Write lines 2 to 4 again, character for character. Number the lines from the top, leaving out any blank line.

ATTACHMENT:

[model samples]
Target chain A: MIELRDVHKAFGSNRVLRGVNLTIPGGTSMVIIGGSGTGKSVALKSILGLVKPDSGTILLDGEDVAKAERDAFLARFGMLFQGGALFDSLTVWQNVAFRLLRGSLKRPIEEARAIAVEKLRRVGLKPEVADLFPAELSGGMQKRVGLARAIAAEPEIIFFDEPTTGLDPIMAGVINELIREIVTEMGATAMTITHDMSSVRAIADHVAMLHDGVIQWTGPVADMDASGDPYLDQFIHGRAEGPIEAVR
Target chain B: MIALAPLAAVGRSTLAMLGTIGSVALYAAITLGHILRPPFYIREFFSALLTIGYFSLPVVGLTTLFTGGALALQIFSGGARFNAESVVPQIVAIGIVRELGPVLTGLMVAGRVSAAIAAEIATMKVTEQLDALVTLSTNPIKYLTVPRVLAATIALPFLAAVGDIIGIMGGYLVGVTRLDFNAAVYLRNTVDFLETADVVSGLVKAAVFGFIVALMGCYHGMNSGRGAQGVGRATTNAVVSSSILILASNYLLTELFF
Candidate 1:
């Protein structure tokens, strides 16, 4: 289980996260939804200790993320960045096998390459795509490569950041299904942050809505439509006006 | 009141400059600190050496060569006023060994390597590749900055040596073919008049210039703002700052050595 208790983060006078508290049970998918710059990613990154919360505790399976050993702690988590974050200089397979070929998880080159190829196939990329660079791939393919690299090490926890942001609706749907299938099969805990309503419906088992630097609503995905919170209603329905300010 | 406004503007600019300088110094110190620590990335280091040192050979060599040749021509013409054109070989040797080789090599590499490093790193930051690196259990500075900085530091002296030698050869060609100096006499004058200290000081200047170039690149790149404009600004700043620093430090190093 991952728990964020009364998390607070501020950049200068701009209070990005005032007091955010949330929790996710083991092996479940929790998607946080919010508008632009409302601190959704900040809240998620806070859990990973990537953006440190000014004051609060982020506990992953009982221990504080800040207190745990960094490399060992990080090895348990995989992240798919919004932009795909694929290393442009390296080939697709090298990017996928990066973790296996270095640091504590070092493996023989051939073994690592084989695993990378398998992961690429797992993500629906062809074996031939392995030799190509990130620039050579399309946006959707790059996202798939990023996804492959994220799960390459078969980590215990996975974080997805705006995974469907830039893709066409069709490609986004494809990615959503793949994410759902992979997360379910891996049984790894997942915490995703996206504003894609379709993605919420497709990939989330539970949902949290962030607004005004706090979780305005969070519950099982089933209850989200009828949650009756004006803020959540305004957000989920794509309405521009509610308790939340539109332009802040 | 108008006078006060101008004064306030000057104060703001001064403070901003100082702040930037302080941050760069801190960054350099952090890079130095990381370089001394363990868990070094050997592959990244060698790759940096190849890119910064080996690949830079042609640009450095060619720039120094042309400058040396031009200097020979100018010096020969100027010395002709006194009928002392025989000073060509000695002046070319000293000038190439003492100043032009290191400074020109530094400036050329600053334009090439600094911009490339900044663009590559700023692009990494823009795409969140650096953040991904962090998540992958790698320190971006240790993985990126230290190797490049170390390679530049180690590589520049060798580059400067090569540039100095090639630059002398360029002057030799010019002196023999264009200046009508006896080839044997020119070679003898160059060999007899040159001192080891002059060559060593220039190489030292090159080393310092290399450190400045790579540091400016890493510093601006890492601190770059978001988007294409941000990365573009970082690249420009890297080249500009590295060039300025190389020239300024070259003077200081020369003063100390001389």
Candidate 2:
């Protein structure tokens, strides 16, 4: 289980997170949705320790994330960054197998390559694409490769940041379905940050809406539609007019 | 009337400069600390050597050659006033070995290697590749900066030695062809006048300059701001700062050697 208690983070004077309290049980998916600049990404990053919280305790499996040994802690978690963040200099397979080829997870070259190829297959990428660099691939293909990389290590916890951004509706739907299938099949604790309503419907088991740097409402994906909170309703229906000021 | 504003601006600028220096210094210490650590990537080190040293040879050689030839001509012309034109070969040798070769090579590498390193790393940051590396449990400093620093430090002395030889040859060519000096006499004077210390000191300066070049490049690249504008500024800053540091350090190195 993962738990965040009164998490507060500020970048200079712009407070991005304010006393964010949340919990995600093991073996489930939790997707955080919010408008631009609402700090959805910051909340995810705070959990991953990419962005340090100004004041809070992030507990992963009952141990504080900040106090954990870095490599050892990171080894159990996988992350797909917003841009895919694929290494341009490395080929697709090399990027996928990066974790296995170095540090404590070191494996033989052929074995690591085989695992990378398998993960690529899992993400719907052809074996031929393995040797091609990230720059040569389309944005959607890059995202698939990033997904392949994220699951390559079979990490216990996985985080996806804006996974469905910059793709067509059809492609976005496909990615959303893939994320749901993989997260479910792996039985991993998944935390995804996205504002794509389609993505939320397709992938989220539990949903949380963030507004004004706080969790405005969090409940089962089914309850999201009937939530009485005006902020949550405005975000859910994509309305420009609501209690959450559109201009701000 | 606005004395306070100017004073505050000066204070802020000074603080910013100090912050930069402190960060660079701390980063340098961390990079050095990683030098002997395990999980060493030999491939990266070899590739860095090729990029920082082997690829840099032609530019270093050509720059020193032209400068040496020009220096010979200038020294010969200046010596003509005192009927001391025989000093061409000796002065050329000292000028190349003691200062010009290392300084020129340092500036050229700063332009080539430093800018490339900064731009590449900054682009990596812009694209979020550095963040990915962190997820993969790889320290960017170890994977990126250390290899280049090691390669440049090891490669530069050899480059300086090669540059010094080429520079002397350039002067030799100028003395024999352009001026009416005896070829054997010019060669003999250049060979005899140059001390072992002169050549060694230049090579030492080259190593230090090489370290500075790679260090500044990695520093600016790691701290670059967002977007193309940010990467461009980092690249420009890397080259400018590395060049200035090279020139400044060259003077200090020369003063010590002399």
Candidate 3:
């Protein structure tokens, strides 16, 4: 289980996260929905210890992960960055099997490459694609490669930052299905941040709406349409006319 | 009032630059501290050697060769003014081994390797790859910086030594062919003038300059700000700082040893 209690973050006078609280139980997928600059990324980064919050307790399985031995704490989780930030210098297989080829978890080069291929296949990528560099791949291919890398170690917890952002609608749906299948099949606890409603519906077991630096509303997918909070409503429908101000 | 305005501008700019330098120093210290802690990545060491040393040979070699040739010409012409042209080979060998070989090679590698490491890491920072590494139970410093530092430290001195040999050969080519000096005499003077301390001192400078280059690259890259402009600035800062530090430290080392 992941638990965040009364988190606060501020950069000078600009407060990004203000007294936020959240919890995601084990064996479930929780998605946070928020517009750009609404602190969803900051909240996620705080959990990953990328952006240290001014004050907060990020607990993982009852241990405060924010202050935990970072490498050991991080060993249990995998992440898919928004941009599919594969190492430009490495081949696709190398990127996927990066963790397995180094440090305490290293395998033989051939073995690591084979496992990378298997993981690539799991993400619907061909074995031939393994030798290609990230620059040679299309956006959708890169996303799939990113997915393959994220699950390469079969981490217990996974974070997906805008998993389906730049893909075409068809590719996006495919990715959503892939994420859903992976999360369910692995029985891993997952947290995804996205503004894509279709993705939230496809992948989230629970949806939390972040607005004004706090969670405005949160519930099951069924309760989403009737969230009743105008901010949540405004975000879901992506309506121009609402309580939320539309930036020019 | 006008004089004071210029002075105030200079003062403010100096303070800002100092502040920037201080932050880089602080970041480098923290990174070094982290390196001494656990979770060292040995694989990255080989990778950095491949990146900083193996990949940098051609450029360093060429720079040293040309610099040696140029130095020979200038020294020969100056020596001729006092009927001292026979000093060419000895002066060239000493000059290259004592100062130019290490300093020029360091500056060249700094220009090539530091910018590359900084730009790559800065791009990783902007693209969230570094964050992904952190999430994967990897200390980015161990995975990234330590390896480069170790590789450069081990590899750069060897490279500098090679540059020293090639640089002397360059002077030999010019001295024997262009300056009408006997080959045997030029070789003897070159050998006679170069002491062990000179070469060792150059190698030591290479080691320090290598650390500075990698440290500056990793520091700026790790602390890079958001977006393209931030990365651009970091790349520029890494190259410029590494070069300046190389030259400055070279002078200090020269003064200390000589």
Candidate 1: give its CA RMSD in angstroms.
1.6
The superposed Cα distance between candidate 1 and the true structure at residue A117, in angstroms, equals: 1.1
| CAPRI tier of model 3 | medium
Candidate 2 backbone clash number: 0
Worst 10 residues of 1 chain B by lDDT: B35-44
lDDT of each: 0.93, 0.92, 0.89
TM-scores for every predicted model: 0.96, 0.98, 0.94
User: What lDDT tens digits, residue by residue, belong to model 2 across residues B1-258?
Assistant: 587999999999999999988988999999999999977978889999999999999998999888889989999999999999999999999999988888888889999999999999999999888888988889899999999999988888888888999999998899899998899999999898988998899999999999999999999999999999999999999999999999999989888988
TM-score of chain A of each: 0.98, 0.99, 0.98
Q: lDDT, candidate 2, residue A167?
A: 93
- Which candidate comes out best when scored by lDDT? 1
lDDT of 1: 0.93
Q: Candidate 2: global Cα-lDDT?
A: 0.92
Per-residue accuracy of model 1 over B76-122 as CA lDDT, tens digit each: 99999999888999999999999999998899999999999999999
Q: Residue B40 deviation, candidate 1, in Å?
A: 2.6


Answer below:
Target chain A: MIELRDVHKAFGSNRVLRGVNLTIPGGTSMVIIGGSGTGKSVALKSILGLVKPDSGTILLDGEDVAKAERDAFLARFGMLFQGGALFDSLTVWQNVAFRLLRGSLKRPIEEARAIAVEKLRRVGLKPEVADLFPAELSGGMQKRVGLARAIAAEPEIIFFDEPTTGLDPIMAGVINELIREIVTEMGATAMTITHDMSSVRAIADHVAMLHDGVIQWTGPVADMDASGDPYLDQFIHGRAEGPIEAVR
Target chain B: MIALAPLAAVGRSTLAMLGTIGSVALYAAITLGHILRPPFYIREFFSALLTIGYFSLPVVGLTTLFTGGALALQIFSGGARFNAESVVPQIVAIGIVRELGPVLTGLMVAGRVSAAIAAEIATMKVTEQLDALVTLSTNPIKYLTVPRVLAATIALPFLAAVGDIIGIMGGYLVGVTRLDFNAAVYLRNTVDFLETADVVSGLVKAAVFGFIVALMGCYHGMNSGRGAQGVGRATTNAVVSSSILILASNYLLTELFF
Candidate 1: